As the gaze of the sporting world falls onto the Tokyo Olympics, regular parkrunner Judy Pollock will be taking a keener interest than most.
At the 1964 Summer Olympics in Tokyo, Judy won a bronze medal in the 400 metres, the first of her three Olympic Games. Between 1965 and 1967, she set world records at 440 yards, 800 metres, and 880 yards.
81-year-old Judy admits that she moves at a shuffle nowadays. Not that has stopped her from taking part in over 80 parkruns.
Judy admits that after a lifetime of training morning and night, she wasn’t sure she was interested in getting up early on a Saturday to take part in parkrun. “When my local parkrun started, I thought if I went along and joined in, it might help the parkrun grow. That was my main aim.”
“But since then, it’s changed a lot and I enjoy going every weekend, and I’m sorry if I have to miss it.”
Much of Judy’s enjoyment from parkrun is that it is an active activity to share with friends. “I’m a retiree and we all need company, and the social side is a very big thing,” she says.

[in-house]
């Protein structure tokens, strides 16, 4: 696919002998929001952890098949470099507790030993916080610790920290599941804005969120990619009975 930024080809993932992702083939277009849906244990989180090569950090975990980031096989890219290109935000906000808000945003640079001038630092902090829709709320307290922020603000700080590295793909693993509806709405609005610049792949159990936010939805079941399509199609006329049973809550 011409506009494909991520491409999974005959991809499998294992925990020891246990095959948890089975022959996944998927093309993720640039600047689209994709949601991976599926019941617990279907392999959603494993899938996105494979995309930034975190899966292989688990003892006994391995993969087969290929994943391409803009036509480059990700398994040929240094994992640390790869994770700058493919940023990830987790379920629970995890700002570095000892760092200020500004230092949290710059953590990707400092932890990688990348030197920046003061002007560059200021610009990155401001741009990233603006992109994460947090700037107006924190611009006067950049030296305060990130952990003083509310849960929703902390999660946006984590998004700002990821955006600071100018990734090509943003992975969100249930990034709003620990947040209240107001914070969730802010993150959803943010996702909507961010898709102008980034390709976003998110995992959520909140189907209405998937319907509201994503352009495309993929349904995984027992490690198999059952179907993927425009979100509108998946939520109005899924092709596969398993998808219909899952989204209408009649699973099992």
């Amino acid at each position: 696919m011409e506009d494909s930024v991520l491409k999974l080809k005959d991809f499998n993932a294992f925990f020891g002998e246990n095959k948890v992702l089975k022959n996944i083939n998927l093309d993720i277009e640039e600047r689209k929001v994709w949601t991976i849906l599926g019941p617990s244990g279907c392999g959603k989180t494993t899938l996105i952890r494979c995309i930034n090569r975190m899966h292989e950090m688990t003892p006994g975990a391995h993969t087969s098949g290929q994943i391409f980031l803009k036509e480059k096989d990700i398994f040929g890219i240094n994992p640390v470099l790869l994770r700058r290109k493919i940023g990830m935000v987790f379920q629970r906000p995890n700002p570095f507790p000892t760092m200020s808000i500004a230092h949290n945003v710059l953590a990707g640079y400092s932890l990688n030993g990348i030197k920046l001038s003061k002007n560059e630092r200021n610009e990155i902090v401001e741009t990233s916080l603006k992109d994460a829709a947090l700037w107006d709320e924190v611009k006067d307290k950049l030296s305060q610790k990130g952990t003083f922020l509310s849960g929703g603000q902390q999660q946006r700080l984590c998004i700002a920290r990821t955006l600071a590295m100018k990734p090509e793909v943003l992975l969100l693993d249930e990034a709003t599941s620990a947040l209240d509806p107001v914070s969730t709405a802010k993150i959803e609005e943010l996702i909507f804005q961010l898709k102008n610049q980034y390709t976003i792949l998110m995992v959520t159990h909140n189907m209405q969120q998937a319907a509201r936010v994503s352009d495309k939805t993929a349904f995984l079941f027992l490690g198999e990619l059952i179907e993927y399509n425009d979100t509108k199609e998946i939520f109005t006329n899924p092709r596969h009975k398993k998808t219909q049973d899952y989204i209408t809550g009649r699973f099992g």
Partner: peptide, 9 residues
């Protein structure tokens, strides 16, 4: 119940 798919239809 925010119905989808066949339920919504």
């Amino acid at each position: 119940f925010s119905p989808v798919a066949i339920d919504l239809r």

But does that fierce competitive spirit that propelled Judy to Olympic medals and world records still burn?
“In my 50s and 60s, I tried to run and people would sometimes say ‘I beat Judy Pollock’ and I’d say ‘I don’t like that sound’. But now when people say ‘I came in front of you’, I think, good for you.”
“You don’t have to be a runner to join in parkrun, you can do whatever you like, and you get to enjoy it just the same. parkrun keeps you active because it welcomes you with such joy and pleasure.”
Tayla Taseff loves crossing the parkrun finish line before her dad Steve each week. Steve pushes Tayla, 22, around parkrun in her “purple peanut” wheelchair each week. Tayla has cerebral palsy, but she refers to it as “cool people syndrome”. “We are very cool humans,” Tayla said. Tayla is not wheelchair-bound…
Leanne Hall has lived most of her life experiencing up to 10 seizures a day. After her fourth brain surgery, she is now getting used to living seizure free. Leanne credits parkrun for playing a huge part in her recovery. I was diagnosed with a dysembryoplastic neuroepithelial (DNET) brain tumour the size of a…